Steve Aoki has been going hard at it as a DJ for many years now so it’s not a stretch to think he’s seen and done everything. But 20-something years into his storied music career, which has had more highlights than the hair of boy bands like BTS and Backstreet Boys, Aoki still loves it more than ever as he preps for an anticipated appearance at Australia’s new music festival, Festival X, in November.
Aoki’s relentless drive is arguably second to none and it’s resulted in an incredibly prolific discography, the latest of which is a collaboration with the Backstreet Boys, the EDM banger titled ‘Let It Be Me.’
Ahead of his appearance at Festival X, I chatted to Aoki about the origins of ‘Let It Be Me,’ Aoki says the song was born out of a “human connection” rather than the usual “I’m a fan of you and vice versa so let’s do something together!”
“Me and Nick Carter, we hit it off pretty good. We were talking for a while and then he came to one of my shows and jumped up onstage with me to do ‘Backstreet’s Back’,” says Aoki, “and we had this really strong energy onstage and we followed that energy into the studio.”
“We really gravitated to the bare bones of what ‘Let It Be Me’ was, and they loved the lyrics.”
But perhaps the most powerful thing about ‘Let It Be Me’ was the music video, which features several diverse couples and individuals talking about their personal struggles.
“The lyrics were so emotional that [the video] should be about these couples and these individual stories of how they had to deal with very personal hardships,” says Aoki, “and in the end, you see how love overcame these hardships and these difficult times.”
Working with a group as “great” and “humble” as the Backstreet Boys was an experience for Aoki but the thing that surprised him the most wasn’t their professionalism and work ethic. Rather, it was their childlike enthusiasm for the foam pit he has in his house.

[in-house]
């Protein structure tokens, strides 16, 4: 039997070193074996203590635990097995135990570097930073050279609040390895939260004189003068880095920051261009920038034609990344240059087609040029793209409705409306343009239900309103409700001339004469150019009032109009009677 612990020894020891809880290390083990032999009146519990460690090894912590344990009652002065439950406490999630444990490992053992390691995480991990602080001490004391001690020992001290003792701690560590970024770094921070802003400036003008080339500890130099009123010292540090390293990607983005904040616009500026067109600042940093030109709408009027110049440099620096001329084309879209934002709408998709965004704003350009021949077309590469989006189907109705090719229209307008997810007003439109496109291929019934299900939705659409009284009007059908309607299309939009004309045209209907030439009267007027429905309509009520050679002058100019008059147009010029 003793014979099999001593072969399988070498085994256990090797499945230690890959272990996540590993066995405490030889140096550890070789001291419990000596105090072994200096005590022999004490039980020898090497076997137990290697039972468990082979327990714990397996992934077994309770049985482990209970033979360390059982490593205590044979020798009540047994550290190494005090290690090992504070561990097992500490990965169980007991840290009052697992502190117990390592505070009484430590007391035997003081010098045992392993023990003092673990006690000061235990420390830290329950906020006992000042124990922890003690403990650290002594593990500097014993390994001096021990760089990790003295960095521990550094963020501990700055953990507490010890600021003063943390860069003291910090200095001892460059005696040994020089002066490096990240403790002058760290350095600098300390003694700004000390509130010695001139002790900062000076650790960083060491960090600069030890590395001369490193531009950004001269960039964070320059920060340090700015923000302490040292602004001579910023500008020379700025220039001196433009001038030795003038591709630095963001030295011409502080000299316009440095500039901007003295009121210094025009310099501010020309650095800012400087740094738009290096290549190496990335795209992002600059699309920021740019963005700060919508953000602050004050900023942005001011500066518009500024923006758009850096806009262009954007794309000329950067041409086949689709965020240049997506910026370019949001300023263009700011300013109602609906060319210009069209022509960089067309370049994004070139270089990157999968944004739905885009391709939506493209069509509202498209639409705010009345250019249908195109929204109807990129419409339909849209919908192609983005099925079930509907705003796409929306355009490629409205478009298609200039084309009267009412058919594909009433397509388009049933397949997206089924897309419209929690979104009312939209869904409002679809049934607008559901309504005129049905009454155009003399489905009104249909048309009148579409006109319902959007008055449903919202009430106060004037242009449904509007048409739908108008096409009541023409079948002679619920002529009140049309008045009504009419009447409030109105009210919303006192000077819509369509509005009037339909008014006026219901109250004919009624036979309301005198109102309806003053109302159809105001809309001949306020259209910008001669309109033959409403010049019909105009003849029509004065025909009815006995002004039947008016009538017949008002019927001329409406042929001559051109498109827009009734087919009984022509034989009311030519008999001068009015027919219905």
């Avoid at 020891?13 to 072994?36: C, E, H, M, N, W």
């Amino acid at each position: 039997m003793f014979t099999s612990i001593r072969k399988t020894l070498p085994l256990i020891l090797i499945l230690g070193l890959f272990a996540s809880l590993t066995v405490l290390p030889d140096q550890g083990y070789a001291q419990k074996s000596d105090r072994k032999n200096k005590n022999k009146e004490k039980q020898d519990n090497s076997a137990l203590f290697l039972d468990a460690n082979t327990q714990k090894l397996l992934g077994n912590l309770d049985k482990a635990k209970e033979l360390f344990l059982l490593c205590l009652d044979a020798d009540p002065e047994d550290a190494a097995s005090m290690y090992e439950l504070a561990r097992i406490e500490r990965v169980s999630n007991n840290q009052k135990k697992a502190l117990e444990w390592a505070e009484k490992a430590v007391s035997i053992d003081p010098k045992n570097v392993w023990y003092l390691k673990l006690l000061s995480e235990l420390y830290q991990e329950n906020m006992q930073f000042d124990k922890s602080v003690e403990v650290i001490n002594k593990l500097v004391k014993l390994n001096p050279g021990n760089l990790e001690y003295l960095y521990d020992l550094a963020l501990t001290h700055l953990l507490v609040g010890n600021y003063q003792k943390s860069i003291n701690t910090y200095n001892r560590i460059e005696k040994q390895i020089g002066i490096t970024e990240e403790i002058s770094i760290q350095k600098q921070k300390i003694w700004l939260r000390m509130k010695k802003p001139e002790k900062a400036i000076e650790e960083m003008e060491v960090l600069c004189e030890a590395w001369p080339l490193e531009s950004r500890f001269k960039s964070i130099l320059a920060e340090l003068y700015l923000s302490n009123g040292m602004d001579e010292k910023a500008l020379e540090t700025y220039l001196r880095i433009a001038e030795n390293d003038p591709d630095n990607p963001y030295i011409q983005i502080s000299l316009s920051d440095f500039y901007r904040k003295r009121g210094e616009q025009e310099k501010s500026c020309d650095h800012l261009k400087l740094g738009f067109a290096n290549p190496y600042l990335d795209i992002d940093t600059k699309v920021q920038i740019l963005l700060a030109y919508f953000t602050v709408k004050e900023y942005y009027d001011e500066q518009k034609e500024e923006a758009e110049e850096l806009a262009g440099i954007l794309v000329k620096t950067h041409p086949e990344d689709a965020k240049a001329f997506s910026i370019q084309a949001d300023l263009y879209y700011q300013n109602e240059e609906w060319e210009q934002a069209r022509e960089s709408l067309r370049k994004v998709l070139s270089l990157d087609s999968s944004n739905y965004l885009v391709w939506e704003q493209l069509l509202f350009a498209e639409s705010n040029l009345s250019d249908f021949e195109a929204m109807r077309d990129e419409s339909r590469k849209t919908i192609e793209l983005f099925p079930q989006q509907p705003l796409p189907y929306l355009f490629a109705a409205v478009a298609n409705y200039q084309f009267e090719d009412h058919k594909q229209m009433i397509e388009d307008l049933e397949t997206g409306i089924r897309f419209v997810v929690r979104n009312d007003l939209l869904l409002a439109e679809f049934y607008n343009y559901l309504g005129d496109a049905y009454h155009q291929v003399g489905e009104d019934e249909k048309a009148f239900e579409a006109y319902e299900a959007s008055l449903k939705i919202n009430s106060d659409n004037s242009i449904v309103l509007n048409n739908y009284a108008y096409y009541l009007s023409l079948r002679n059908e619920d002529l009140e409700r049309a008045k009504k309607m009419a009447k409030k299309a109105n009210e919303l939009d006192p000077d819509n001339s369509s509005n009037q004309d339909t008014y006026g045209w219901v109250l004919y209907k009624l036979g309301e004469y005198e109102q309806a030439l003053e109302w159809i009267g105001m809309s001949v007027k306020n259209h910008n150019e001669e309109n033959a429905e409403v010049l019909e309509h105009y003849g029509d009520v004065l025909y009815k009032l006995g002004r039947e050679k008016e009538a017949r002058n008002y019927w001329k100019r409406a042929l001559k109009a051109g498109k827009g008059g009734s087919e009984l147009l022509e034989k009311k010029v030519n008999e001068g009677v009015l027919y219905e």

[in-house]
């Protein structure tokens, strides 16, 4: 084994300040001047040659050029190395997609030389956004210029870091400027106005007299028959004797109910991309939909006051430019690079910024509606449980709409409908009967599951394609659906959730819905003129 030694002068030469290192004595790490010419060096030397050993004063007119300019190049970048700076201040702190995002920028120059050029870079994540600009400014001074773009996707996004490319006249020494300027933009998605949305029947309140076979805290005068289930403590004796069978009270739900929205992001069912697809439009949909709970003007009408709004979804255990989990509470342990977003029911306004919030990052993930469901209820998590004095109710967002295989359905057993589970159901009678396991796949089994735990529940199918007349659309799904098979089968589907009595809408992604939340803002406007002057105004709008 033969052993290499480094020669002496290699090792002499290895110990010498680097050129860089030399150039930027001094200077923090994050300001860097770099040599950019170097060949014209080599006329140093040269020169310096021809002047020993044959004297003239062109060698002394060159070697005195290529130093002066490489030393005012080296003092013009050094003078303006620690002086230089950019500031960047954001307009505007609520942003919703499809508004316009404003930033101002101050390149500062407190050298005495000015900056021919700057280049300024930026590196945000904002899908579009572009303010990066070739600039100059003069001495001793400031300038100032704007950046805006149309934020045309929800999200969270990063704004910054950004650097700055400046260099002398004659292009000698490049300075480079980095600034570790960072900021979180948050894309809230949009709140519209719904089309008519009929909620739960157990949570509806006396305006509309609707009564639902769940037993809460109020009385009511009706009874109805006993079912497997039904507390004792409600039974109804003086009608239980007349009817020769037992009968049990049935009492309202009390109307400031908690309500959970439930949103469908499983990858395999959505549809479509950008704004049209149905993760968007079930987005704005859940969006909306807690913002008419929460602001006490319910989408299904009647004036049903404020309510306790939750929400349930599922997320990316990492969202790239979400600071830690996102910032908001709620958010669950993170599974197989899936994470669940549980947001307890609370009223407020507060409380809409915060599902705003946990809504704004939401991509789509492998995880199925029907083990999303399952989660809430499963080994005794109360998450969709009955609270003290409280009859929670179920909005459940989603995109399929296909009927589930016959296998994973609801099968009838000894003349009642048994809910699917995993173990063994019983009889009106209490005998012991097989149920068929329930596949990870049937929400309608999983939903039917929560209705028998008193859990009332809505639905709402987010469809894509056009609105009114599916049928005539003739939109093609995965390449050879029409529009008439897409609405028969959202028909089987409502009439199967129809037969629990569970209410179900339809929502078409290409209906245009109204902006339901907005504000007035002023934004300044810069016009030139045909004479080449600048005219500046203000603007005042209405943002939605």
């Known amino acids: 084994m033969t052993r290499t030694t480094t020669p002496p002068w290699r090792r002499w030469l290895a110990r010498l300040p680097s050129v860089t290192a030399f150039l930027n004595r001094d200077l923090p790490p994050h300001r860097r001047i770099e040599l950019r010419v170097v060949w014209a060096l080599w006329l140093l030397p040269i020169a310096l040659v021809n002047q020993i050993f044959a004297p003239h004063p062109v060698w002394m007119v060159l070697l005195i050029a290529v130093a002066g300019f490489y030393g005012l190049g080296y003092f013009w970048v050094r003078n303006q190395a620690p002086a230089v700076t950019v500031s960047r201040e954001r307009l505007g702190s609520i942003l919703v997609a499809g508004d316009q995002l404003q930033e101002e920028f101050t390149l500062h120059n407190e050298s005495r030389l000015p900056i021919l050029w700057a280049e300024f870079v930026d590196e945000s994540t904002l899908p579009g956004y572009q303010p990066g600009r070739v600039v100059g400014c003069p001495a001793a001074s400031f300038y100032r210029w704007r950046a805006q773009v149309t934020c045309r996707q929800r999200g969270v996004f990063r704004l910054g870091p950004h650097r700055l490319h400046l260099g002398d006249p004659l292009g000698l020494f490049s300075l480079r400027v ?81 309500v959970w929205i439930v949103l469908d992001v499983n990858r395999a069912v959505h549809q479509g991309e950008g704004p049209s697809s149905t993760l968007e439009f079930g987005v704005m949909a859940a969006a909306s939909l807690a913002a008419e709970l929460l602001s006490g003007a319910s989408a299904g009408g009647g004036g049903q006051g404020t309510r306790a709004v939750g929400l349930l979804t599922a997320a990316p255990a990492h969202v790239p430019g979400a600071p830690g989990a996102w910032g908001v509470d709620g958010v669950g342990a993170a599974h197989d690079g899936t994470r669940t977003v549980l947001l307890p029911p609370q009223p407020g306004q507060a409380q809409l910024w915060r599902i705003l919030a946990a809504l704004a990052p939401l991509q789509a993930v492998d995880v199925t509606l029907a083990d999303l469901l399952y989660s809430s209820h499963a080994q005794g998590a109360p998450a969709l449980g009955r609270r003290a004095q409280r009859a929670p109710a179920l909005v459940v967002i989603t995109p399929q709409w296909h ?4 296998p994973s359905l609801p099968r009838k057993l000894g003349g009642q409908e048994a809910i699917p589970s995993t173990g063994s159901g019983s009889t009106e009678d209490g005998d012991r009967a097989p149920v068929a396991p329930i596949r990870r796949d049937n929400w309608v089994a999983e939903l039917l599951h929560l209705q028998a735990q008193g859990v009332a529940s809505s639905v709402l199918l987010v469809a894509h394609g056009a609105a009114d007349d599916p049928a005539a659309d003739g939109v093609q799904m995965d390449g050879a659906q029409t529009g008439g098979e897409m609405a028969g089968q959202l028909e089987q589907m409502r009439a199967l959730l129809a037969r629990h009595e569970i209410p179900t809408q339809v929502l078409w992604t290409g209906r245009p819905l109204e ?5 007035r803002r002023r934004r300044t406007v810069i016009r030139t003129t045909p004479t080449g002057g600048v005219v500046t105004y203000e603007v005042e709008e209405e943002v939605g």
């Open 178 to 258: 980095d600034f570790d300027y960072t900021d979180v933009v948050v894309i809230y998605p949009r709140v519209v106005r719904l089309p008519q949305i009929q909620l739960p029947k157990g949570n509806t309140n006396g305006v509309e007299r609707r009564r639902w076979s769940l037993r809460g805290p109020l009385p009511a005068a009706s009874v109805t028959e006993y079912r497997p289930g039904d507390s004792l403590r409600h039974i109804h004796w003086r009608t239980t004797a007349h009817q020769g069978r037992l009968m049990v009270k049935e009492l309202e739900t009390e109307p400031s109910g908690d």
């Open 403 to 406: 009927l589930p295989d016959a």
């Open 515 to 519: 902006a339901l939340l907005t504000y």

“I have a foam pit and trampoline installed in my house and all of them were doing flips and stuff like little kids,” laughs Aoki, “that honestly was where the energy [for the song] sparked and we used that to go into the studio.”
Some people have paintings or meditation for inspiration, Aoki has a frigging awesome foam pit.
As Aoki showered the Backstreet Boys with praise for their work ethic, I asked about his own relentless drive to keep working year in year out and he tells me that it’s all about momentum and gratitude.
“The gratitude in my heart has to be the number one purpose and meaning in what I’m doing,” says Aoki, “it helps me find discipline in doing the things I love and the things I don’t need in my life.”
Since we both come from Asian backgrounds – he’s Japanese, I’m Chinese – I pondered whether our respective upbringings in which hard work is drilled into us at a young age had something to do with that need to keep working hard and pushing forward.
“100 percent. I don’t know if it’s evolution or culture, but growing up under a very, very tough love father who drove work ethic into me at the earliest age I can remember,” says Aoki, “it’s like, ‘work is not’ fun, that’s how he said it.”
“What I do is incredibly fun [laughs] but in reality, half have to work a s**t job so they can survive to do things that are fun, that’s how he laid it out for me and he says ‘that’s how it is and you have to learn to deal with that’. It’s very much an Asian thing.”
At this point, I simply had to get Aoki’s thoughts on the whole “Flume eats a woman’s arse onstage at Burning Man” incident given how he’s seen a bunch of stuff go down during his career as a DJ, and after explaining what went down to him, he had nothing but respect for Flume’s little brown-nosing incident.
“Wow, that’s bold, I think that’s badass,” exclaims Aoki, “I think it’s cool when people do something that’s outside their comfort zone.”
When I asked what the craziest thing he’s done onstage and Aoki laughs and tells me “Flume wins” by a mile.
“Oh god, Flume wins! Flume wins! Give him the trophy, mic drop, I can’t get anywhere near that,” says Aoki, “that is something that’ll go down in the history books for all DJs, I don’t think anyone can top that!”
At the end of our chat, it’s clear that Steve Aoki remains just as driven today as he was on day one and he plans chugging along, whether it’s doing more collaborations, writing memoirs, performing at festivals like Festival X and continuing to release new music (he says his sixth album Neon Future IV will be released in 2020).
Just don’t expect him to do what Flume did at Burning Man any time soon though.